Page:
QUESTION: Writers like Ray Bradbury and William Faulkner have chosen small town settings for much of their fiction. Light's End, Maine is a small town. Do you prefer small town settings for your stories, and if so, why?

VANCE: I lived eighteen years of my life in a small town in Oklahoma, and Light's End is based on that town. If you visited it today, you would quickly recognize many of the buildings used in my series. I believed using that town as the inspiration for Light's End would add a feeling of authenticity, of reality that is central to the suspension of disbelief needed in any good fiction. That town certainly gave continuity to my life as a boy. Even a few of the events in some of the twenty-three stories that I have written about Light's End are based on my life. But, for the most part, the characters in Light's End are not based on actual residents of that Oklahoma town.

QUESTION: Light's End seems an appropriate name for the town, as it can be a very dark place populated with some equally dark characters. Do you have any favorite character or characters that you especially enjoy using?

VANCE: While waiting in the lobby of a print shop years ago, I read an article that basically asked the question, 'as bad as things are now, how much worse would they be if there really were no God to restrain the evil in the world'. That became the reason that Light's End was founded, as a sort of social experiment to eliminate God completely from at least one town on Earth.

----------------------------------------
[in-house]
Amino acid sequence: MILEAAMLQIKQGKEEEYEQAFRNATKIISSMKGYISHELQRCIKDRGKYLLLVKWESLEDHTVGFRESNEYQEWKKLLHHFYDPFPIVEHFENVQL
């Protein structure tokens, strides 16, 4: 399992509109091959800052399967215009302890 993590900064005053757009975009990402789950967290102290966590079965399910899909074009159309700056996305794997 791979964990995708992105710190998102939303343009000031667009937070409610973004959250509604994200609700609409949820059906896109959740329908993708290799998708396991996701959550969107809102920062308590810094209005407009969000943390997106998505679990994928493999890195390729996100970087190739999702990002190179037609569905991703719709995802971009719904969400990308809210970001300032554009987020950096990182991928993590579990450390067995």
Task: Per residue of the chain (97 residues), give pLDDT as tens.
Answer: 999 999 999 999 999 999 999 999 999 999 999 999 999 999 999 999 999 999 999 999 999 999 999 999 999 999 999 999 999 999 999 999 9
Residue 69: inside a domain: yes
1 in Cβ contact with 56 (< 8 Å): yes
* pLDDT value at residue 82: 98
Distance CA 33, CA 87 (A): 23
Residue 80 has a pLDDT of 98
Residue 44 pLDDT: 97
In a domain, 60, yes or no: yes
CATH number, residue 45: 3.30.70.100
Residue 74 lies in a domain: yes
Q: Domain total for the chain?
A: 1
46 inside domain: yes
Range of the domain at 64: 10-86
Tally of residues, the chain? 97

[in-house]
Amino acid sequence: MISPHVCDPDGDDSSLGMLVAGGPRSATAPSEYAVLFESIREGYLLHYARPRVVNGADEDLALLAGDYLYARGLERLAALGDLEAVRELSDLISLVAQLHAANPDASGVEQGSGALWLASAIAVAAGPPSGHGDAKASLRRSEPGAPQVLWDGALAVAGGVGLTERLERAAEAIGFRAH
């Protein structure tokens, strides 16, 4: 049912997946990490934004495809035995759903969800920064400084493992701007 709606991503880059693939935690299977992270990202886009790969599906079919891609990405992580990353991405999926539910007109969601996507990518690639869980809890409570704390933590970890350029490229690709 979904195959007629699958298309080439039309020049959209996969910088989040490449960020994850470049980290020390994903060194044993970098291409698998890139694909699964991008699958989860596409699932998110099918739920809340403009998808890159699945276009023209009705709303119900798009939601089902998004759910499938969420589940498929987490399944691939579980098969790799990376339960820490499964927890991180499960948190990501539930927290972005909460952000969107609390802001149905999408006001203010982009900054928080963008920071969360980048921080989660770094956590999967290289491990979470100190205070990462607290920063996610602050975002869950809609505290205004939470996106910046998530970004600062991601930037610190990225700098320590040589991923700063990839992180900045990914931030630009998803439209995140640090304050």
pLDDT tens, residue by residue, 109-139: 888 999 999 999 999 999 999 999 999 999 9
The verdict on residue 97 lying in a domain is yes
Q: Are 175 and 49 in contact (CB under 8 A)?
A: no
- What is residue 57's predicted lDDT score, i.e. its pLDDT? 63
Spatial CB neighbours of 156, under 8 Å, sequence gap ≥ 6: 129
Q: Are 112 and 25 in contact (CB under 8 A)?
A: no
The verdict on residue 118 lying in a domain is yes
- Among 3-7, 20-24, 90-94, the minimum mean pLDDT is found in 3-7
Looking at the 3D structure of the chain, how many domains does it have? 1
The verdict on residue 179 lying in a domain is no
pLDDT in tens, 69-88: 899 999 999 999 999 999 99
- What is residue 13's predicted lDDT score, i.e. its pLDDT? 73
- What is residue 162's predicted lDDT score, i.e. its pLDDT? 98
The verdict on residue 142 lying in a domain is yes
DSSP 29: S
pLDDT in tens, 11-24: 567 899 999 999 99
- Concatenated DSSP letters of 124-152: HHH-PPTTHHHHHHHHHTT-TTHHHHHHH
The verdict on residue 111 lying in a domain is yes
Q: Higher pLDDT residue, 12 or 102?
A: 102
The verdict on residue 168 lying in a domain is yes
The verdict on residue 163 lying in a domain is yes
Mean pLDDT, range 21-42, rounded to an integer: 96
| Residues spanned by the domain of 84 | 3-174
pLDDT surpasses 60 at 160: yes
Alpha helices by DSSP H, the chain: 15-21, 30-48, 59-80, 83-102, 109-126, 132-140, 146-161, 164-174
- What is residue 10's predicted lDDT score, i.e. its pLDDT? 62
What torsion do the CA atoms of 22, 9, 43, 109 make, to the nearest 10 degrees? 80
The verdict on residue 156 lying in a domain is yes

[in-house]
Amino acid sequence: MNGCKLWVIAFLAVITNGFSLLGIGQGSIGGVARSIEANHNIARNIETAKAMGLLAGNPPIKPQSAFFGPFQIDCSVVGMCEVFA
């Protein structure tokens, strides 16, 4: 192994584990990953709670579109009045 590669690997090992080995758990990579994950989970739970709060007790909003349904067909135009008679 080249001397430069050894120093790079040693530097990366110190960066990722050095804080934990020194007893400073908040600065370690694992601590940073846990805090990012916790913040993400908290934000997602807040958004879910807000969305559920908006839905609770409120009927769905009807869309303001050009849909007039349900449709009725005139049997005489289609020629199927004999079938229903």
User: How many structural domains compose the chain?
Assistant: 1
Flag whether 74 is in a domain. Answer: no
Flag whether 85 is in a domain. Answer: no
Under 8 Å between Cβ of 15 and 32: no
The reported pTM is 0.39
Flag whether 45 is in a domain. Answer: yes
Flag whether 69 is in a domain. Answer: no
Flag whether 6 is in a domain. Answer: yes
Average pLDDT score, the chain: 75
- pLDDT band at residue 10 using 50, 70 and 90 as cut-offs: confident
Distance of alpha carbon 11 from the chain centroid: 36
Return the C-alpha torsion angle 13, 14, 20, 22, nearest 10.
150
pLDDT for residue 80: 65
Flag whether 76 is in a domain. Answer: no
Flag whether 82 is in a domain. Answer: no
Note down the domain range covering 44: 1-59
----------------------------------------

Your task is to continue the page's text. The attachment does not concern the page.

For the most part, there are only two continuing characters outside of the town itself in my Light's End stories. I love writing them both. Jake Horne is the catalyst, the puppet-master, if you will, behind the mystery and evil of Light's End. He accomplishes what he wishes by manipulating other people; he seldom does anything directly. Schlomo Nantier is the symbol of reason and order and God in my hideous little town, and is often right but ineffectual for the most part.